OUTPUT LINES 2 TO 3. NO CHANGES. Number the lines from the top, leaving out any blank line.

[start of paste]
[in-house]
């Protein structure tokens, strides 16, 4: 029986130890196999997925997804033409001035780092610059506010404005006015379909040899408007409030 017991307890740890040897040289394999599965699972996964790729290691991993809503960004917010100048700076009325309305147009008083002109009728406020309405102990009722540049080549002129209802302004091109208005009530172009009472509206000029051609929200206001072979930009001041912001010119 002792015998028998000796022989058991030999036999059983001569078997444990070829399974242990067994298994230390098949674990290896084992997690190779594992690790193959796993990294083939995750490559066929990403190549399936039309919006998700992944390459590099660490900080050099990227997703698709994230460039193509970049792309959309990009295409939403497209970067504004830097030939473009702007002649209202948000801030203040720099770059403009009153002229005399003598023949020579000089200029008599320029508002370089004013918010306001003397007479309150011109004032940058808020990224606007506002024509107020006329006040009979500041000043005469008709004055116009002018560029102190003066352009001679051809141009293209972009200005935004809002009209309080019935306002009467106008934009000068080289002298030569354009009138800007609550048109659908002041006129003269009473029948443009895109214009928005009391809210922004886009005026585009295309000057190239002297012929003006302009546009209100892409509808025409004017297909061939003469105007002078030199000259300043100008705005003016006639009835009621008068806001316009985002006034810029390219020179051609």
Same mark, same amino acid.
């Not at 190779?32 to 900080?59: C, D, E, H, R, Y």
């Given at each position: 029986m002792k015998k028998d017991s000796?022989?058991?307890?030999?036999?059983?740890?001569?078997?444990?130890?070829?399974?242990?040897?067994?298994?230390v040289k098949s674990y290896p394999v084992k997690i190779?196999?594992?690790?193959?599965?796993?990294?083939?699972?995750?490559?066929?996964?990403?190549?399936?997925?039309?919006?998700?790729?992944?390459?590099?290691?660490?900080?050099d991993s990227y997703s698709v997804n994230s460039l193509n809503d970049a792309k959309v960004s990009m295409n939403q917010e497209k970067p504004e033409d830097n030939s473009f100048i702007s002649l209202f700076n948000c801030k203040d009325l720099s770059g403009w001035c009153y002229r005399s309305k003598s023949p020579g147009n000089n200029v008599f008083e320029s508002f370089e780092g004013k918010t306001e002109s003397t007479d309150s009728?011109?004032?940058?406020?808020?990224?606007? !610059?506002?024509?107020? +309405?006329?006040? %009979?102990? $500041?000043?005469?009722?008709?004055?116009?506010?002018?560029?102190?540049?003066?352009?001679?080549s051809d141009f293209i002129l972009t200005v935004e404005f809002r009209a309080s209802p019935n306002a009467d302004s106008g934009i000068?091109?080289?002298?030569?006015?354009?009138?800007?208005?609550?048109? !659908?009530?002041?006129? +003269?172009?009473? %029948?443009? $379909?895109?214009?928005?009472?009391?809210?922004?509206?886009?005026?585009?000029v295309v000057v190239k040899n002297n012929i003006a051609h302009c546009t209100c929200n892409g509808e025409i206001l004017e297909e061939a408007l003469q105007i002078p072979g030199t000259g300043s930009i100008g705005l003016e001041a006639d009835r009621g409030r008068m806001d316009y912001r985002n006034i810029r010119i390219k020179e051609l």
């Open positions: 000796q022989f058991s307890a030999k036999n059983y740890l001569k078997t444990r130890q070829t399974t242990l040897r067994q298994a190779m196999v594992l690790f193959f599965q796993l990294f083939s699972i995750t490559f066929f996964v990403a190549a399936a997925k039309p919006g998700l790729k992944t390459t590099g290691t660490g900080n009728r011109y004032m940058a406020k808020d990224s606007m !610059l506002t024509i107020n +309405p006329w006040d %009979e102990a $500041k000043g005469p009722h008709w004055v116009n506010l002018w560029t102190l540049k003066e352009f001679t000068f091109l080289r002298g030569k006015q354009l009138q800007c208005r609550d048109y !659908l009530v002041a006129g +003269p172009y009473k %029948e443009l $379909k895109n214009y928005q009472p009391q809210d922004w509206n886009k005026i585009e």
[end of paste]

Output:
């Protein structure tokens, strides 16, 4: 029986130890196999997925997804033409001035780092610059506010404005006015379909040899408007409030 017991307890740890040897040289394999599965699972996964790729290691991993809503960004917010100048700076009325309305147009008083002109009728406020309405102990009722540049080549002129209802302004091109208005009530172009009472509206000029051609929200206001072979930009001041912001010119 002792015998028998000796022989058991030999036999059983001569078997444990070829399974242990067994298994230390098949674990290896084992997690190779594992690790193959796993990294083939995750490559066929990403190549399936039309919006998700992944390459590099660490900080050099990227997703698709994230460039193509970049792309959309990009295409939403497209970067504004830097030939473009702007002649209202948000801030203040720099770059403009009153002229005399003598023949020579000089200029008599320029508002370089004013918010306001003397007479309150011109004032940058808020990224606007506002024509107020006329006040009979500041000043005469008709004055116009002018560029102190003066352009001679051809141009293209972009200005935004809002009209309080019935306002009467106008934009000068080289002298030569354009009138800007609550048109659908002041006129003269009473029948443009895109214009928005009391809210922004886009005026585009295309000057190239002297012929003006302009546009209100892409509808025409004017297909061939003469105007002078030199000259300043100008705005003016006639009835009621008068806001316009985002006034810029390219020179051609």
Same mark, same amino acid.